Medical Should I defer an acceptance / reapply due to new relationship?

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Jun 11, 2010
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Last cycle I applied with a 513 MCAT, 3.9 GPA, standard ECs, and four years work experience as a software engineer. Several MD schools interviewed then waitlisted me.

Fortunately some DO schools accepted me, and I planned to attend one across the country. My goal is IM/FM/EM and I would be happy to go DO. However four months ago I began a relationship and now I am reluctant to move far away from this person.

Thoughts on deferring / reapplying for the current cycle?

Reasons for doing so
  1. Stay in my current city and let this relationship develop. Next year, either we can move together or I can hopefully attend a local school.
  2. Fix deficits in my application and get an MD acceptance. I applied late September, with a missing prereq, and just barely 100 hours clinical experience.

It's likely that you may never get another II if you dump an acceptance. Many schools ask if you have ever been accepted.

If you defer, how will things be different in a year? It's actually hard to get a deferral; usually they're for emergencies. This isn't an emergency.

Also, schools that let you defer will often have you sign a contract that you will not use the intervening time to apply elsewhere.

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So many easy improvements exist in my application.
  1. One MD interviewer was very receptive and said "if you don't get accepted, you should scribe."
  2. Another school designated my application as "incomplete" due to a missing prereq. That probably hurt me at the other schools too. Recently I spent $1500 and a month completing it.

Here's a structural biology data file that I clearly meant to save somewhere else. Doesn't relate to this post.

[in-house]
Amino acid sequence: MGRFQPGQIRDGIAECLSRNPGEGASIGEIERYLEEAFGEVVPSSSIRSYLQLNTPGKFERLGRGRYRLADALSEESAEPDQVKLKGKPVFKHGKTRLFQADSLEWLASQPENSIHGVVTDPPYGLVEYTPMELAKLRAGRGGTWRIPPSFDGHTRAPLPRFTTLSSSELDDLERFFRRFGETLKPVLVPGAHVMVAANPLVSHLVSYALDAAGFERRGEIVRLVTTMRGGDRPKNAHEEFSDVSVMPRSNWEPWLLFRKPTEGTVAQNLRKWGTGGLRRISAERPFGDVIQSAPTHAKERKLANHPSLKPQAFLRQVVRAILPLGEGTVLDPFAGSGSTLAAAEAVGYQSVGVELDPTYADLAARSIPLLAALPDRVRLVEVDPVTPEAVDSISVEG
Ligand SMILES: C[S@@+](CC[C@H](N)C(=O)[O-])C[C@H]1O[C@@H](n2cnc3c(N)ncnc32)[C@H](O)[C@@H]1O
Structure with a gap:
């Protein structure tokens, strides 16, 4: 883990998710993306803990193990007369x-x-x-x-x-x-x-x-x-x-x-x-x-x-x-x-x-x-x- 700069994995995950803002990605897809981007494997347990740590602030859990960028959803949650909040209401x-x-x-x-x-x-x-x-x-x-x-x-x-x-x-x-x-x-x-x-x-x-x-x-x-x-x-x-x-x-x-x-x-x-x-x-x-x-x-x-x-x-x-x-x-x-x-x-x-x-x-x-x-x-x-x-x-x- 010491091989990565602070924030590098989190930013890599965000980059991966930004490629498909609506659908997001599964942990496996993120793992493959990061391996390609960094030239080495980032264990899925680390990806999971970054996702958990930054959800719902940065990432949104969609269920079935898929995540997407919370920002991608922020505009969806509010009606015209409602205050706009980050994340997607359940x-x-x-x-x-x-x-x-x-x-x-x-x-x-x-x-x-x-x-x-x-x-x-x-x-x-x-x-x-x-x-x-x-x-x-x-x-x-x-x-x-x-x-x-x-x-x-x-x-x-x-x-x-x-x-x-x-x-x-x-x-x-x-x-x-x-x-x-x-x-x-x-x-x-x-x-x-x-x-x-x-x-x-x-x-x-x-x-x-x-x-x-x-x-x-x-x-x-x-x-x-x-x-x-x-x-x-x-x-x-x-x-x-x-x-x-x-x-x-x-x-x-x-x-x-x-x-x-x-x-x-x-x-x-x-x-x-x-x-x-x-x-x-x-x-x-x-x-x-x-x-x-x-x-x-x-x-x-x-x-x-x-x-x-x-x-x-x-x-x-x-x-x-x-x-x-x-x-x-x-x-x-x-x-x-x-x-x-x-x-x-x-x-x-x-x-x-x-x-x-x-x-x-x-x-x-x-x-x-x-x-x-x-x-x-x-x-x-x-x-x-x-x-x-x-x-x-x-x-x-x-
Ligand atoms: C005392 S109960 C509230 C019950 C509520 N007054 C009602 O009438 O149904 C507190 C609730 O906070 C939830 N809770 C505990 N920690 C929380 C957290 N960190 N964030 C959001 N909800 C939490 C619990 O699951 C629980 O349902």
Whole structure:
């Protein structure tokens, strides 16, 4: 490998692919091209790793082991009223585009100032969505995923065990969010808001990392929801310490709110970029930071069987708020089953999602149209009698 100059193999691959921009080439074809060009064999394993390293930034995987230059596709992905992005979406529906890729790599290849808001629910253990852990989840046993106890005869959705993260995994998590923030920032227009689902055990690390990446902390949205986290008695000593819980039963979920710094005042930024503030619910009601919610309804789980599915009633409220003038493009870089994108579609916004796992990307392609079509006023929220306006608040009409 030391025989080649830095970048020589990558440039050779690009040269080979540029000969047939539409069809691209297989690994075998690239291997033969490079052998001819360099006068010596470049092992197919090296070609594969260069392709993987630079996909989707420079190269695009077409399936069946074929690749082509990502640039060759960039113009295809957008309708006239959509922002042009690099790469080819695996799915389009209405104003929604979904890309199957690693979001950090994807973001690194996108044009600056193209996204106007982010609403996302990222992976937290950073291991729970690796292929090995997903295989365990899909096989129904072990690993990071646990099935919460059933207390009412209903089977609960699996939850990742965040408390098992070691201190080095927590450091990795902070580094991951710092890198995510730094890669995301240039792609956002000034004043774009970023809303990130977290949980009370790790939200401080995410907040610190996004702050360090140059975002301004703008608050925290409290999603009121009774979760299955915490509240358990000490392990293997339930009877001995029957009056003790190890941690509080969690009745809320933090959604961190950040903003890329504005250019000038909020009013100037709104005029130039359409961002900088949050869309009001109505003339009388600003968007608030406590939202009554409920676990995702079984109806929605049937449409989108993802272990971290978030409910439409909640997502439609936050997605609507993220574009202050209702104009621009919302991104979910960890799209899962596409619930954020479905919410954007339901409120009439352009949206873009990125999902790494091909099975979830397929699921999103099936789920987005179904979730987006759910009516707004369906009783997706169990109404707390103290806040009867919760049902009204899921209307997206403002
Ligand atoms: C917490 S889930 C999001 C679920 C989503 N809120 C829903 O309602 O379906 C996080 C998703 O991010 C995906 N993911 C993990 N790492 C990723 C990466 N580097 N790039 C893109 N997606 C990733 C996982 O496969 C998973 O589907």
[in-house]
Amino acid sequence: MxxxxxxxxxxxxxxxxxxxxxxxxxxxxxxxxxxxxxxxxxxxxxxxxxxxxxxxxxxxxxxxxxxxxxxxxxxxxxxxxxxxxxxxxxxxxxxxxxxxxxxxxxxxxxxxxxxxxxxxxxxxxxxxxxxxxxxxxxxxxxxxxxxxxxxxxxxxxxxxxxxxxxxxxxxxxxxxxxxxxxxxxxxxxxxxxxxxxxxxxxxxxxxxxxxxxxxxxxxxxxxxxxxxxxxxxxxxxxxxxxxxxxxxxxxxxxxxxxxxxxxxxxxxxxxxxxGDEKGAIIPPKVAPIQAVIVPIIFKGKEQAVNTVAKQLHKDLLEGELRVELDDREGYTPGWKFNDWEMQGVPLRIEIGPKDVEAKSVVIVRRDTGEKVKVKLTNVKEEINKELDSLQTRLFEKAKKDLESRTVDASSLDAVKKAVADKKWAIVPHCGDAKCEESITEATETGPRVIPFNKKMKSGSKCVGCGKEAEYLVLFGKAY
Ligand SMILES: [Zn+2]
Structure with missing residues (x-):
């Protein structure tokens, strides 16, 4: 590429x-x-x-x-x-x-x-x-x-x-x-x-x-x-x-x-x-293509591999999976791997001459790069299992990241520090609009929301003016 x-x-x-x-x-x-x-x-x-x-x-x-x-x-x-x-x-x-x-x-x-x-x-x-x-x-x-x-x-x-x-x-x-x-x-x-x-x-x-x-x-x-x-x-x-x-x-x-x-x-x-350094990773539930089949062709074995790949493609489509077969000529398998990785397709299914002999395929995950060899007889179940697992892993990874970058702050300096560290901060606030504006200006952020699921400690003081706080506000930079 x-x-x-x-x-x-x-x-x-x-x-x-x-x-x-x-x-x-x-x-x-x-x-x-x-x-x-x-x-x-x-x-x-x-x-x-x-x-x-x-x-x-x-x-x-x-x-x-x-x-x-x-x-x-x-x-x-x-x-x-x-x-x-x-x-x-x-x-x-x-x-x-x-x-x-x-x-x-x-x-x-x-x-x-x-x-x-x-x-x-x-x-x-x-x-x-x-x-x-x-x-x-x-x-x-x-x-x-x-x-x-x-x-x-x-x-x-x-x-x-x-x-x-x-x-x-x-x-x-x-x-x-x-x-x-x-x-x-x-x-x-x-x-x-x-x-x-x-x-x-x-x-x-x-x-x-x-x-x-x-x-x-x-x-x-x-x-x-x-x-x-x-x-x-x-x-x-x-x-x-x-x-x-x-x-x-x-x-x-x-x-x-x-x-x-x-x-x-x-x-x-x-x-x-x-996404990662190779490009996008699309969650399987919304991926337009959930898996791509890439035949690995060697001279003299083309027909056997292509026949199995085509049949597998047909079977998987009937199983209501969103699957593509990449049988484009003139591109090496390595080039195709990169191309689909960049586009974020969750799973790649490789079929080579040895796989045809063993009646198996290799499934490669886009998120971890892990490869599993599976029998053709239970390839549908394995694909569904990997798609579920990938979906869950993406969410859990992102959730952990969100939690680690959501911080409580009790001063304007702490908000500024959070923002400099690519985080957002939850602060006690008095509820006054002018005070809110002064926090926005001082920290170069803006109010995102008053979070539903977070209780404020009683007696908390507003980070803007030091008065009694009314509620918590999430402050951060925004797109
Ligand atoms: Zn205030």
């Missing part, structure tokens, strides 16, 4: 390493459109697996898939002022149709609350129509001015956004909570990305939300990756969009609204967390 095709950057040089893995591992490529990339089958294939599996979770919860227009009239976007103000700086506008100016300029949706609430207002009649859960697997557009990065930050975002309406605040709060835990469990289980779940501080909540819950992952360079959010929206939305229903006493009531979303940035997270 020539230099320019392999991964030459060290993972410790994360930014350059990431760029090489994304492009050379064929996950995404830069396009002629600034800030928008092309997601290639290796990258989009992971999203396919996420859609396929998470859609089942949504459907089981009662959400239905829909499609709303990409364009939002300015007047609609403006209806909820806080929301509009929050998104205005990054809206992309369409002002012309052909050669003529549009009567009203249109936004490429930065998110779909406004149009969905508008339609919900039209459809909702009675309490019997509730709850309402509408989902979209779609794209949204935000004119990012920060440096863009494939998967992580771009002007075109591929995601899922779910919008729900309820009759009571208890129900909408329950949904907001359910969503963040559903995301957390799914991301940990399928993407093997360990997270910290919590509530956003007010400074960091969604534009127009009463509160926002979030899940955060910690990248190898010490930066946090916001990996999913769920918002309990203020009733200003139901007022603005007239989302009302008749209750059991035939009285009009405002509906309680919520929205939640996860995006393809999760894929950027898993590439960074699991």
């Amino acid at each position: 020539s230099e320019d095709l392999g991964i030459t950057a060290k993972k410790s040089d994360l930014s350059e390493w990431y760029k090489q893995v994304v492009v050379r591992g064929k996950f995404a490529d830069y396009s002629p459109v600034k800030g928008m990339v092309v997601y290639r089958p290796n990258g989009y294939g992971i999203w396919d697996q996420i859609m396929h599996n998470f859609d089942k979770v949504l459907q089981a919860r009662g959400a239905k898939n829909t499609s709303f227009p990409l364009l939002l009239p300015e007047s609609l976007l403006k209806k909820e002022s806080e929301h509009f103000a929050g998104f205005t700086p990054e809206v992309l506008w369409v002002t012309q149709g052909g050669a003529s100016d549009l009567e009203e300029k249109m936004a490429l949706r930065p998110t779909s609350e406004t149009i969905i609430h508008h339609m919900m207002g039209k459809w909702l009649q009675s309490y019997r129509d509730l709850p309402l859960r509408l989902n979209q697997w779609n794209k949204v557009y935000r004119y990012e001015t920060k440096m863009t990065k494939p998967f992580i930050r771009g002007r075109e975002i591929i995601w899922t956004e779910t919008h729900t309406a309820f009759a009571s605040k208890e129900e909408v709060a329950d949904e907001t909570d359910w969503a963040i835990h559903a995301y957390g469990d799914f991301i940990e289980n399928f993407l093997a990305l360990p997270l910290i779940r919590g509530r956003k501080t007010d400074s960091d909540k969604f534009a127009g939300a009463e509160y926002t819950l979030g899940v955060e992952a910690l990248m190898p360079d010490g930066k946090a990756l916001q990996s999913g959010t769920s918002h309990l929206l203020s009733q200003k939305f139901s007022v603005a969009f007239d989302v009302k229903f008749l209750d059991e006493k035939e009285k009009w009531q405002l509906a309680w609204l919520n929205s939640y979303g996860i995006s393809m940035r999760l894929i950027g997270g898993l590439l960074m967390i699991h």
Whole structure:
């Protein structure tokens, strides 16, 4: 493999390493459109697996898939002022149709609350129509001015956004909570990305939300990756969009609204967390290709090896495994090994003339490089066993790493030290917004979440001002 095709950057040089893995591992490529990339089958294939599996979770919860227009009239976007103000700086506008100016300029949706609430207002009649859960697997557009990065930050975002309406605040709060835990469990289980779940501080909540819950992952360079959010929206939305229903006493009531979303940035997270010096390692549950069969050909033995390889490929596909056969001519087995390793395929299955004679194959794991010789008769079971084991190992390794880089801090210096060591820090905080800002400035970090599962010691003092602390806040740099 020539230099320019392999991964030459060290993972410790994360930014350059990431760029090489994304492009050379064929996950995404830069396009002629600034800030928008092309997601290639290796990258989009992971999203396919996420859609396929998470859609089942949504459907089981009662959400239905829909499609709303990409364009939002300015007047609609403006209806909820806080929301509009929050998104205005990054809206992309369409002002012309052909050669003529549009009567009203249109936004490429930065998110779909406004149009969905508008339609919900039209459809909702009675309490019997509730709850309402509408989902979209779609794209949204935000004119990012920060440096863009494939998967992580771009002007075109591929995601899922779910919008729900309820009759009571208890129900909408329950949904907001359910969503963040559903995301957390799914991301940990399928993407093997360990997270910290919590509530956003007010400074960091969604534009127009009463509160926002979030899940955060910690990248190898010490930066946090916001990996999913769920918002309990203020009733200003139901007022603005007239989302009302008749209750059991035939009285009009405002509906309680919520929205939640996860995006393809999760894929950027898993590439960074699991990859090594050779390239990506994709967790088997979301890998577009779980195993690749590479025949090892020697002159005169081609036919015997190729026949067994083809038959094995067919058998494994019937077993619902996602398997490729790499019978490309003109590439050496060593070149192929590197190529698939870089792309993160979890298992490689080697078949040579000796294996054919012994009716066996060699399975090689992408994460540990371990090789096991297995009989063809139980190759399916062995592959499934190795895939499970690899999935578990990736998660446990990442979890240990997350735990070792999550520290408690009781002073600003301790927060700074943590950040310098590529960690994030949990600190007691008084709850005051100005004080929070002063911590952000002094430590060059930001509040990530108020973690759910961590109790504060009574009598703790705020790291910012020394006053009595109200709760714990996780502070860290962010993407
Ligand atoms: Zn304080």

3. I applied late September and only to 3 out of 10+ state schools (I got interviews at all 3).
I was happy to walk away from this process with my DO acceptance, albeit feeling slightly burnt, having sold myself short due to the above deficits. Defer/reapply was never on the table until this relationship. Now I am thinking I can maintain the relationship and get a better acceptance.

However, I think you are right. I take the current acceptance or risk never getting accepted again.

Many people do long distance.
I would take the acceptance and go become a doctor. I know this sounds harsh, but you have no idea where this relationship is going to be in a year. The chance at losing a year, or even worse, losing your career over this is something I would steer away from. You have a chance to do something most people don't. Take it.

Also, the thought that DO students only go into primary care is complete BS. Most of the students who go primary care from DO school self-select. If you want to do something competitive, you can do it. Will it be tougher as a DO, sure,
If this was a relationship of a few years, or something more than dating (i.e. fiancé, marriage, or living together, or something similar in whatever way you label things), then MAYBE - but even in that case, they should be able to go with you, or have solid enough roots to do distance even for a little bit.

This is 4 months. ABSOLUTELY NOT. If they're not willing to move with you, when WHY should you be willing to let slip an acceptance and chance to become a physician with a life-long career that may not come again?

Bear in mind, you may also still be in the honey-moon phase of dating where it seems like it will work out. It very well may, but I wouldn't make any bets, nor would I give up a medical school acceptance for this.
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Go to medical school. How much effort did you invest in yourself in the last year to get to medical school only to consider refusing it? Does he/she understand the lifestyle and debt load of a medical student that he/she will have to share? If it's that serious, get the ring.
Since you came from the software industry, you signed up when you enter medical school for at least a six to eight year crunch equivalent. I would accept the admission with one specific comment, your partner is going to have to respect your career to a larger extent. If your partner cannot accept that as a condition, then this is not meant to be if you want to be a physician. Especially the first year is a crunch intellectually and the residency years are worse on both counts.
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